An architect rendering for the Marybelle and Sebastian P. Musco Center for the Arts at Chapman University, Orange, Calif.
The countdown is now less than two months before the March 19 grand opening of the Marybelle and Sebastian P. Musco Center for the Arts on the campus of Chapman University in Orange, Calif. The new 1,044-seat venue will open in style with performances by opera legends Placido Domingo and Deborah Voigt.
“This venue has been a dream of our President Jim Doti and everyone at the university for many years,” said Mary Platt, director of communications and media relations of the 8,000-student campus. “We started talking about it maybe 15 or 20 years ago. The dream was to build a great performing arts center worthy of our students and our great faculty and would also be able to bring in touring performers from all over the world.”
The dream is set to soon become reality, and much of the credit goes to local philanthropist Paul Musco, who some seven years ago spearheaded a capital campaign to raise the funding for the venue. Musco, who is very involved with opera and sits on the board of the Los Angeles Opera, and his wife Marybelle led the charge that raised $85 million and paid in full for the venue. As the venue’s major donors, the couple has their names on the building.
Platt said the building was long overdue and replaces the on-campus Memorial Hall, a 1920s era building with pillars in front that is also part of the administration building.
“Memorial Hall is picturesque from the outside and it was a beautiful venue for 100 years but has no wing space and hardly any dressing room space,” Platt said. “It was really made for high school lectures and performances and did not have the capacity that was needed for a modern university performing arts college program. It seats about 1,000, so it is a fairly large auditorium but it just technologically did not meet the needs and acoustically is not the greatest.”
Platt said that the historical Memorial Hall will remain to be used as a lecture hall and for some performances.
“It is beautiful and we don’t want to tear it down,” she said. “With the new venue opening that will free up Memorial Hall to be used for more community events and there is always a need in the City of Orange for venues for city events and things like that.”
But it is the sparkling new Musco Center for the Arts that is drawing all the buzz. The state-of-the-art theater occupies 88,142 square feet and includes 16 box suites and a three-level lobby with box office.
“What’s great about the Musco Center, and what we put a lot of care and effort into, was making a beautiful performance space that doesn’t just feel like a room with a concert shell wedged into it,” said Michael Ferguson, Theatre Projects’ project manager for the Musco Center. “It’s not just a proscenium theatre we put a shell in; it’s a concert hall, where we can take the shell out.”
One interesting facet of the building’s design is that to be compliant with the ordinances of the city’s historical district much of the Musco Center is below ground level, with the orchestra pit literally a pit approximately 40 feet underground. The overall height from the orchestra pit to the top of the building is more than 90 feet, while the Aitken Arts Plaza is sloped down to the orchestra-level main entrance of the building.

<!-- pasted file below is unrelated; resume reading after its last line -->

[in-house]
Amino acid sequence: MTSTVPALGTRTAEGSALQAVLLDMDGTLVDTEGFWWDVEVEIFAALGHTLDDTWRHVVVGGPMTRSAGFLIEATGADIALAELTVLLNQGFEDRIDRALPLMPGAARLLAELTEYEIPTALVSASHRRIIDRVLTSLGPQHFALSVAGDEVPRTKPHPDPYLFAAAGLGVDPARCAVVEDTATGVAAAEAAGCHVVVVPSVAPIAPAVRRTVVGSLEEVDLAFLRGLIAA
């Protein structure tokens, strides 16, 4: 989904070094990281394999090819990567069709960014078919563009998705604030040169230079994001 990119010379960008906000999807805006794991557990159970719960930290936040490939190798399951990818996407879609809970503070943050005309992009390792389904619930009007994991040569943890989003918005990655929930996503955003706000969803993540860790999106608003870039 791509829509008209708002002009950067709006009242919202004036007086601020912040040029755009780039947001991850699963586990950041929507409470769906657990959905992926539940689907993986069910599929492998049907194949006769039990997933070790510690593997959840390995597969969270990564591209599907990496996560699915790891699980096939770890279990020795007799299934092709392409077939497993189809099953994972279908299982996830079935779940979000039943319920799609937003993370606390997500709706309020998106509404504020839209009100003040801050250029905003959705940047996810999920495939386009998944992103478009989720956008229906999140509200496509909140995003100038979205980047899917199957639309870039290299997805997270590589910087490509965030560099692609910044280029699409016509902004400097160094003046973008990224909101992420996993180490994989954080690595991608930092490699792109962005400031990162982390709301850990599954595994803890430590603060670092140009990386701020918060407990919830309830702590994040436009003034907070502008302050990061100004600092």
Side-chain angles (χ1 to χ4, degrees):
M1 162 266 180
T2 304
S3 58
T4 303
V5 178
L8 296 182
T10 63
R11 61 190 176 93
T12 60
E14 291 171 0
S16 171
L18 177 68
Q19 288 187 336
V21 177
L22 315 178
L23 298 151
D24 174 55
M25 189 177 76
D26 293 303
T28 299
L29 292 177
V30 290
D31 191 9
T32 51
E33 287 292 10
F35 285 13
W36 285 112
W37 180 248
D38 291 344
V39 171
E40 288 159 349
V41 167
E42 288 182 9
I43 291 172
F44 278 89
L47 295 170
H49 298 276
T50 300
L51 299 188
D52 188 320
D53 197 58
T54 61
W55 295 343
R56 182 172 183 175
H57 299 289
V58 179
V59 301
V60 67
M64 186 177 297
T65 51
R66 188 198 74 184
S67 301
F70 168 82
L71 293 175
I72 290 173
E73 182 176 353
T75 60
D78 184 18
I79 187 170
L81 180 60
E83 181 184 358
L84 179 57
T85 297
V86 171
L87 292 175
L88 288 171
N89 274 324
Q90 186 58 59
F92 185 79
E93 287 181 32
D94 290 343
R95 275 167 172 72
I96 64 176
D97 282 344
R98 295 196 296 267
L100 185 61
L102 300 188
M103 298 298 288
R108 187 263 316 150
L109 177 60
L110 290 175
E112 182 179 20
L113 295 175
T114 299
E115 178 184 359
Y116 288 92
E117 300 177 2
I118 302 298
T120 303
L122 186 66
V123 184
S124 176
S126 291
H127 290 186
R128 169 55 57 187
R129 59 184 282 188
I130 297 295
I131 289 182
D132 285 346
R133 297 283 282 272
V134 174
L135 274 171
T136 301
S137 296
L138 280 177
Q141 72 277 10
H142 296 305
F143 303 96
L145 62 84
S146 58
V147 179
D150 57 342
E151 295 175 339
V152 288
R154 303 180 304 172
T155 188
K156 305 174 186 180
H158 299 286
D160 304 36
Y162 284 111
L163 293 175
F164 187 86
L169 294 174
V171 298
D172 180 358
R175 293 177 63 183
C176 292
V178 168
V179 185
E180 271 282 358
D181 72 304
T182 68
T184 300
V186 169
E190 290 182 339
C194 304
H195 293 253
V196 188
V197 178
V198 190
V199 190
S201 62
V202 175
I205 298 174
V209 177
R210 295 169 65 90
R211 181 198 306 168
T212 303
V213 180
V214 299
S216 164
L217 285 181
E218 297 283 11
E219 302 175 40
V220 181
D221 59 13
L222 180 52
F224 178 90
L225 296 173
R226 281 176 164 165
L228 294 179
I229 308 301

“We had to solve that problem by building underground,” Platt said. “People on the street level are actually looking down into the park that leads down into the entrance. That was a creative way of getting around being in a historic district.”
As is common with any new venue, the possibility for welcoming new shows and performances grows exponentially
“This will be very attractive to touring shows,” Platt said. “The new venue will open up a lot of capabilities for us that we just did not have before.”
Everyone is pointing toward the high-ticket March 19 grand opening, while on April 2 the venue will host a community open house which is free to the public and will include continual performances on four stages inside and outside the center from 11 a.m. until 10 p.m. and will conclude with a concert by the Pacific Symphony playing Beethoven’s 5th Symphony to show off the acoustics designed by the renowned Yasuhisa Toyota of Nagata Acoustics. There are already 20 events set for the months of April and May including student events and an arts and lecture series featuring Jeff Corwin from Animal Planet.
Other partners in the venture include architect Pfeiffer Partners, general contractor McCarthy Builders Companies, theater consultant Theatre Projects Consultants, project management ABACUS Project Management and audio/visual consultant Sonitus Consulting.
Platt said that the position for executive director is open, and that Richard Bryant of Front of House Services based in Madison, New Jersey is serving as interim ED. William Hall serves as dean and artistic director for the venue.
As the grand opening draws closer, the excitement continues building.
“When the initial excavation was made there was a lot of interest,” Platt said. “Then, when we had one of the largest cranes west of the Mississippi poking out from the middle as the building went up around it, that really got a lot of buzz in the town. Now that it has taken shape and the exterior is looking great and the landscaping is going in the students get excited when they walk by.
“The students keep hearing from Mr. Musco and Dean Hall that this is really all about them. They’re pretty excited about it. The students in the college of performing arts are really in the know and are super excited to get in there and actually be on that stage.”
Interviewed for this story: Mary Platt, (714) 628-7271; Michael Ferguson, (203) 299-0830